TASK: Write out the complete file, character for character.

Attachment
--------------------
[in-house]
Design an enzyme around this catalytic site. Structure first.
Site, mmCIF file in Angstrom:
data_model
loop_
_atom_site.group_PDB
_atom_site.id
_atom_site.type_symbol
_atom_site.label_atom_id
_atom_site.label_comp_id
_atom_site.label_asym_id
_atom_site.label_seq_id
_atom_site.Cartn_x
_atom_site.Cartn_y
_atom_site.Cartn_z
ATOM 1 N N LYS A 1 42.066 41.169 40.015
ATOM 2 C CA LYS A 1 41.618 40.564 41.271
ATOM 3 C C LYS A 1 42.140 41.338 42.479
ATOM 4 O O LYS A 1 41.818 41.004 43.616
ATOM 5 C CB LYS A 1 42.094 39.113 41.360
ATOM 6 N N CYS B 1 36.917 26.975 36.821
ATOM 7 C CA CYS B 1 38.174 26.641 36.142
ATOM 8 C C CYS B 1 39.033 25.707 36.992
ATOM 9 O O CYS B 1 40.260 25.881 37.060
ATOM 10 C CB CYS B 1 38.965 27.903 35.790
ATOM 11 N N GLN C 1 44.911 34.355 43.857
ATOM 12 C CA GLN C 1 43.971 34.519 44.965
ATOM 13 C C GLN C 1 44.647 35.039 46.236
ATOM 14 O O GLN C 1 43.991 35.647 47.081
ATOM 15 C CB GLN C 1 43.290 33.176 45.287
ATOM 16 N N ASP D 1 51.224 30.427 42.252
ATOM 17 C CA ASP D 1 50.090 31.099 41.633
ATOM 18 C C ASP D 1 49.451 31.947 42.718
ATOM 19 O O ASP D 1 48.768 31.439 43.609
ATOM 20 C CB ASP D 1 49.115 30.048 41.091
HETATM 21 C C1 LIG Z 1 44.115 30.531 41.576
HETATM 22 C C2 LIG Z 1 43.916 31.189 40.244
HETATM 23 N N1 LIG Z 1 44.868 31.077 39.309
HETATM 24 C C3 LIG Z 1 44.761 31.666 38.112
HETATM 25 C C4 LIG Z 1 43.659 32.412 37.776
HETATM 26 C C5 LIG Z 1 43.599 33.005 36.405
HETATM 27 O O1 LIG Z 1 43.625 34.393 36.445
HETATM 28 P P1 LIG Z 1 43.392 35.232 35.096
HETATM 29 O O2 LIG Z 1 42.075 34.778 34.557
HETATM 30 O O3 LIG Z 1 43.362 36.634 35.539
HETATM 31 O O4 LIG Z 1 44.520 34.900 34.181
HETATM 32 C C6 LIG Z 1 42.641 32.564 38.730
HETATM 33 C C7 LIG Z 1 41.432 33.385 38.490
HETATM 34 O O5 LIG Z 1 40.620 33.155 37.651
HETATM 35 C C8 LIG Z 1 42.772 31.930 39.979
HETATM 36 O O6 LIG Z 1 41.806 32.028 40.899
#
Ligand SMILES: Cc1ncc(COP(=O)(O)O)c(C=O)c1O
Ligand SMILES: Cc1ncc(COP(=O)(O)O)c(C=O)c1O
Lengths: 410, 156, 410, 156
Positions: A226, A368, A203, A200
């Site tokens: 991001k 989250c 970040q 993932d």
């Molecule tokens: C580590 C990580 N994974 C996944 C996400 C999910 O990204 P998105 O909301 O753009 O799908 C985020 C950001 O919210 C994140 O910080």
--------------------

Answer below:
[in-house]
Design an enzyme around this catalytic site. Structure first.
Site, mmCIF file in Angstrom:
data_model
loop_
_atom_site.group_PDB
_atom_site.id
_atom_site.type_symbol
_atom_site.label_atom_id
_atom_site.label_comp_id
_atom_site.label_asym_id
_atom_site.label_seq_id
_atom_site.Cartn_x
_atom_site.Cartn_y
_atom_site.Cartn_z
ATOM 1 N N LYS A 1 42.066 41.169 40.015
ATOM 2 C CA LYS A 1 41.618 40.564 41.271
ATOM 3 C C LYS A 1 42.140 41.338 42.479
ATOM 4 O O LYS A 1 41.818 41.004 43.616
ATOM 5 C CB LYS A 1 42.094 39.113 41.360
ATOM 6 N N CYS B 1 36.917 26.975 36.821
ATOM 7 C CA CYS B 1 38.174 26.641 36.142
ATOM 8 C C CYS B 1 39.033 25.707 36.992
ATOM 9 O O CYS B 1 40.260 25.881 37.060
ATOM 10 C CB CYS B 1 38.965 27.903 35.790
ATOM 11 N N GLN C 1 44.911 34.355 43.857
ATOM 12 C CA GLN C 1 43.971 34.519 44.965
ATOM 13 C C GLN C 1 44.647 35.039 46.236
ATOM 14 O O GLN C 1 43.991 35.647 47.081
ATOM 15 C CB GLN C 1 43.290 33.176 45.287
ATOM 16 N N ASP D 1 51.224 30.427 42.252
ATOM 17 C CA ASP D 1 50.090 31.099 41.633
ATOM 18 C C ASP D 1 49.451 31.947 42.718
ATOM 19 O O ASP D 1 48.768 31.439 43.609
ATOM 20 C CB ASP D 1 49.115 30.048 41.091
HETATM 21 C C1 LIG Z 1 44.115 30.531 41.576
HETATM 22 C C2 LIG Z 1 43.916 31.189 40.244
HETATM 23 N N1 LIG Z 1 44.868 31.077 39.309
HETATM 24 C C3 LIG Z 1 44.761 31.666 38.112
HETATM 25 C C4 LIG Z 1 43.659 32.412 37.776
HETATM 26 C C5 LIG Z 1 43.599 33.005 36.405
HETATM 27 O O1 LIG Z 1 43.625 34.393 36.445
HETATM 28 P P1 LIG Z 1 43.392 35.232 35.096
HETATM 29 O O2 LIG Z 1 42.075 34.778 34.557
HETATM 30 O O3 LIG Z 1 43.362 36.634 35.539
HETATM 31 O O4 LIG Z 1 44.520 34.900 34.181
HETATM 32 C C6 LIG Z 1 42.641 32.564 38.730
HETATM 33 C C7 LIG Z 1 41.432 33.385 38.490
HETATM 34 O O5 LIG Z 1 40.620 33.155 37.651
HETATM 35 C C8 LIG Z 1 42.772 31.930 39.979
HETATM 36 O O6 LIG Z 1 41.806 32.028 40.899
#
Ligand SMILES: Cc1ncc(COP(=O)(O)O)c(C=O)c1O
Ligand SMILES: Cc1ncc(COP(=O)(O)O)c(C=O)c1O
Lengths: 410, 156, 410, 156
Positions: A226, A368, A203, A200
């Site tokens: 991001k 989250c 970040q 993932d």
């Molecule tokens: C580590 C990580 N994974 C996944 C996400 C999910 O990204 P998105 O909301 O753009 O799908 C985020 C950001 O919210 C994140 O910080």